Property News, Insights & Education

    Rate cuts back on the cards this year, as home prices continue to rise

    • Monthly data shows annual inflation in Australia held steady in February at 3.4%
    • Inflation continues to trend downwards, despite concerns a stronger-than-expected jobs market might start to reheat the economy
    • Analysts say the inflation figures are in line with expectations the Reserve Bank will start cutting interest rates in the second half of the year
    • The ABS figures show rents grew strongly by 7.6% in the year to February
    • In yet more news about the strength of the housing market in the face of high-interest rates, new data shows 94% of home resales in the last three months of 2023 were profitable

    Australians with a mortgage can breathe a bit easier today, following the release of the latest inflation data from the Australian Bureau of Statistics (ABS).


    The monthly Consumer Price Index (CPI) numbers show annual inflation of 3.4% in the year to the end of February.


    That number was unchanged from the previous two months, but slightly below market expectations, and will confirm to the Reserve Bank of Australia (RBA) that its painful strategy of jacking up interest rates is working, bringing down inflation and slowing the economy.


    For most economists and the money markets, it’s yet more proof the next move in interest rates by the central bank will be down, and the cuts will start coming sometime in the second half of the year.


    The numbers




    ABS figures show annual inflation to the end of February was 3.4%, with the most significant price rises coming in housing (+4.6%), food and non-alcoholic beverages (+3.6%), alcohol and tobacco (+6.1%), and insurance and financial services (+8.4%).


    When you look at the RBA’s preferred trimmed mean measure, annual inflation to the end of February was 3.9%, slightly up from 3.8% the previous month, but over time still tracking down towards the RBA’s target range of 2-3% - a target the RBA says must be achieved by the end of next year.


    Westpac senior economist Pat Bustamante says the February inflation numbers are significant because they provide the first real update on services inflation, “which is really what the RBA is concerned about.”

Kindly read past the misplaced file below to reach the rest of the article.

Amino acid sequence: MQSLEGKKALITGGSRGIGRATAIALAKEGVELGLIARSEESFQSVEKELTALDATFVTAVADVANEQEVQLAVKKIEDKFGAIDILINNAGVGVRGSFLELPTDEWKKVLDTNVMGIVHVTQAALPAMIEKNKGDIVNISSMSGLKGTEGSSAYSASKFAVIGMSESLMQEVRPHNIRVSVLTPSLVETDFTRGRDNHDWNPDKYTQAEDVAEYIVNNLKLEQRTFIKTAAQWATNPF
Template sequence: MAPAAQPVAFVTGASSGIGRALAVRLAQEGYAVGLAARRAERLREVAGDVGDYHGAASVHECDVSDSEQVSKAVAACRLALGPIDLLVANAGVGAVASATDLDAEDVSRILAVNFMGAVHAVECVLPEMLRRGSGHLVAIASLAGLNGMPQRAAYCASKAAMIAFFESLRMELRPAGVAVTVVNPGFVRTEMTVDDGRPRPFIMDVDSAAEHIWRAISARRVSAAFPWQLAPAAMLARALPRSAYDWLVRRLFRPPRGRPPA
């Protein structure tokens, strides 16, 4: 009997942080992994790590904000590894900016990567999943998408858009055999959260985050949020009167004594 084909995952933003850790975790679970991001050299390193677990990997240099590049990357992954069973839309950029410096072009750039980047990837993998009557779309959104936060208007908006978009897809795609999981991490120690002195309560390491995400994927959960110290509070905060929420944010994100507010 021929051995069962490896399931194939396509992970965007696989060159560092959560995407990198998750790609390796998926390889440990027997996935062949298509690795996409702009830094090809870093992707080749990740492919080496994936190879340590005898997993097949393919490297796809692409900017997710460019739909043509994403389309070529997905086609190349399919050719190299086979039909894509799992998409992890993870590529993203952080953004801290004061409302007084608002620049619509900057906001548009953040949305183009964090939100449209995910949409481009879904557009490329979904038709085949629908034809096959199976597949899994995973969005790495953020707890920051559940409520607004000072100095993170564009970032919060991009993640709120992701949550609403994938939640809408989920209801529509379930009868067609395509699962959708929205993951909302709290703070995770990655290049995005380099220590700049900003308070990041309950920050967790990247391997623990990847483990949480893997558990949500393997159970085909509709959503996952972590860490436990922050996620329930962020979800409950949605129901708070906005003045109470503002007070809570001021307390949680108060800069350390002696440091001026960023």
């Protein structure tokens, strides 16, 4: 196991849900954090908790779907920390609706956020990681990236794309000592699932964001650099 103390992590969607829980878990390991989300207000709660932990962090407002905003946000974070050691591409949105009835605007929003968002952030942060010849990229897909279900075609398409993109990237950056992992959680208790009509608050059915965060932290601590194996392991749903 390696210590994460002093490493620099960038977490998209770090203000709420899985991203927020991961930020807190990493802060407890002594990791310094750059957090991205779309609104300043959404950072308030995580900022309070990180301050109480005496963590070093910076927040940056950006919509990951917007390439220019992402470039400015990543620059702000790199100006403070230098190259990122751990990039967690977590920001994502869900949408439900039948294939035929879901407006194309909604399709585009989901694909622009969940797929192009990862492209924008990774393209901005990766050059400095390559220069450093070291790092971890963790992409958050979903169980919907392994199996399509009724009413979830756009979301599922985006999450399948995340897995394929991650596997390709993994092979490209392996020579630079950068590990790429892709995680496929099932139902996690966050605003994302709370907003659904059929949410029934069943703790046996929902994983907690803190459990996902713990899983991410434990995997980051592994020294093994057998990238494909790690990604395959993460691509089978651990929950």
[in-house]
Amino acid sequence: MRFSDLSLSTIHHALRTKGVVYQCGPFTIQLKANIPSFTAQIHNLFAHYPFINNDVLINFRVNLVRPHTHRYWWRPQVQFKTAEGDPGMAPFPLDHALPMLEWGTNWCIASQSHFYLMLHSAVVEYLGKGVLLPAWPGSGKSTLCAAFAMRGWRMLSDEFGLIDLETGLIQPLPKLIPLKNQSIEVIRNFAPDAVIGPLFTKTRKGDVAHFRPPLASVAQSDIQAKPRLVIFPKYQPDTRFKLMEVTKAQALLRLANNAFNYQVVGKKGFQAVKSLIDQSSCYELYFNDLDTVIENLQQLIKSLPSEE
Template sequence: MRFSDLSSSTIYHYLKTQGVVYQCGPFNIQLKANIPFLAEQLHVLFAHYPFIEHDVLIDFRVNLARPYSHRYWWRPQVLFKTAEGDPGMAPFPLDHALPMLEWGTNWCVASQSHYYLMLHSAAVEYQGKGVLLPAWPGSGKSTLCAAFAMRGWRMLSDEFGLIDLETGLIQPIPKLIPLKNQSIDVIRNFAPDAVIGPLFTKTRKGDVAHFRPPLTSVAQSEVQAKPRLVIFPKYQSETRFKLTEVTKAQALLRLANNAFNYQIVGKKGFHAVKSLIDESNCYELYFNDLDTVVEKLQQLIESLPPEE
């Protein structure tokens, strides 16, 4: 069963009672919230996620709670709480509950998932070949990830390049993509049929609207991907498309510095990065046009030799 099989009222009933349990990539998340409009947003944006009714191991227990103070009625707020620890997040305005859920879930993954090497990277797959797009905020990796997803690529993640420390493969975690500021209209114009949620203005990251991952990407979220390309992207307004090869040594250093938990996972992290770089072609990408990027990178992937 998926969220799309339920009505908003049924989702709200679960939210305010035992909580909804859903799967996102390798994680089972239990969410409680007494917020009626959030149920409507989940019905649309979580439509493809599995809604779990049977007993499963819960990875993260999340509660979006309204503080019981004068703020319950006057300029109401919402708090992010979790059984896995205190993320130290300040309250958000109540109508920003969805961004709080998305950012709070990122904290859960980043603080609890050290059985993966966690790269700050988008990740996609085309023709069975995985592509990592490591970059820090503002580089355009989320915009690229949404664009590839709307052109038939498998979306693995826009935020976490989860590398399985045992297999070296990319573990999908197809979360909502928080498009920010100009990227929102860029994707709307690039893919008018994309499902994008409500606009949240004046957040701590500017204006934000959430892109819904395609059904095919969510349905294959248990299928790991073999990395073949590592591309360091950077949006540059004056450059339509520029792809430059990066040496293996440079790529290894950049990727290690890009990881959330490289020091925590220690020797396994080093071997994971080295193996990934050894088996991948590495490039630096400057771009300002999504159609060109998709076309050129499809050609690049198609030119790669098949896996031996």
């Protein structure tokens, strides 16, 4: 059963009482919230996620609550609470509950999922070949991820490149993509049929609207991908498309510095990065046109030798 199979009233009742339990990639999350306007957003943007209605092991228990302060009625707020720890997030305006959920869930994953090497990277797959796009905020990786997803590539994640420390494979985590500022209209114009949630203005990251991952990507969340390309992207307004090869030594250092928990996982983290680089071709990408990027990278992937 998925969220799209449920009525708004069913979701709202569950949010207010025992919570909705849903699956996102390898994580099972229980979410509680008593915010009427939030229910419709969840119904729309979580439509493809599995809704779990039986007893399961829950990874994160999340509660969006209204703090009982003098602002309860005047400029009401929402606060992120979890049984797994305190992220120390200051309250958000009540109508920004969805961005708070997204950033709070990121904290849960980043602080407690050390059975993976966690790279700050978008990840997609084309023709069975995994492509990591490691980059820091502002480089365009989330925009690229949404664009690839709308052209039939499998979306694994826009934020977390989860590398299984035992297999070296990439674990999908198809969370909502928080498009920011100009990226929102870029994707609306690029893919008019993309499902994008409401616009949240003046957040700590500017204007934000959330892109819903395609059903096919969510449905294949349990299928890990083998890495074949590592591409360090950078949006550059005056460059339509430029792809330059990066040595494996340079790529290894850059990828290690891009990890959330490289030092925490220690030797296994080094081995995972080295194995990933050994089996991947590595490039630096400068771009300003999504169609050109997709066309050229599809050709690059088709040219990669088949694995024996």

“We got an updated read on education, for instance,” he says.


    “The fact that it came in a bit softer than the market…what we were expecting, is definitely a positive result and is consistent with our view that inflation, both from the goods side, but domestically, is moderating.”


    The slightly lower-than-expected inflation numbers also came as a relief, after recent strong employment numbers sent some analysts pushing back their forecasts of rate cuts this year, as the job figures appeared to suggest Australia’s economy was growing much more strongly than expected.


    Pat Bustamante points to considerable volatility in monthly employment numbers and says when all the data is put together, the RBA will see a “consistent picture” that “the economy is slowing, inflation is moderating in line with what they're expecting, and that's probably what they'll be looking for before they next meet in May.”


    Mr Bustamente says Westpac is still expecting the next move in interest rates to be down.


    “These numbers…are completely consistent with our expectations,” he told ABC News, “At the moment, we feel that the Reserve Bank Board will be comfortable with reducing rates in the month of September.”


    The Australian dollar fell slightly in the moments after the inflation data was released, indicating that the money markets felt the lower-than-expected number increased the chance that rate cuts would come earlier rather than later.


    The housing market




    Despite inflation continuing to fall, the ABS figures confirm housing continues to grow strongly.


    Much of the ABS housing category is made up of rental growth.


    It was up 7.6% in the year to February, which the Bureau says “continues to reflect strong demand for rental properties and tight rental markets.”


    The other major portion of that category is new dwelling prices, which rose 4.9% in the 12 months to February. 


    The ABS says that “reflects builders continuing to pass on higher costs for labour and materials.”


    Cheaper home prices are nowhere to be seen


    The strength of housing has also been underlined by new figures from CoreLogic, released on the same day as the inflation numbers.


    The data analytics firm found that despite no less than 13 straight interest rate rises from the RBA since May 2022, “the Australian property market continues to demonstrate sustained resilience, with the rate of profit-making sales and number of transactions increasing in the December quarter (of 2023).”


    CoreLogic's latest “Pain & Gain” report looked at around 90,000 resales of properties that took place in October, November, and December of 2023.


    It found at least 94% of transactions recorded at least some price gain.


    In fact, the median gross profit rose to $310,000.


    CoreLogic’s Head of Research Eliza Owen said the upward trajectory aligns with the sustained growth in home values observed throughout the year.


    “The improvement in the key metrics of this report really highlights the improving profitability in the housing market since the recovery trend began in early 2023,” Ms Owen said.


    “The broad-based increase in profitability and value across the Australian housing market helps to shore up financial stability at a time of stark increases in mortgage costs for some households,” she says.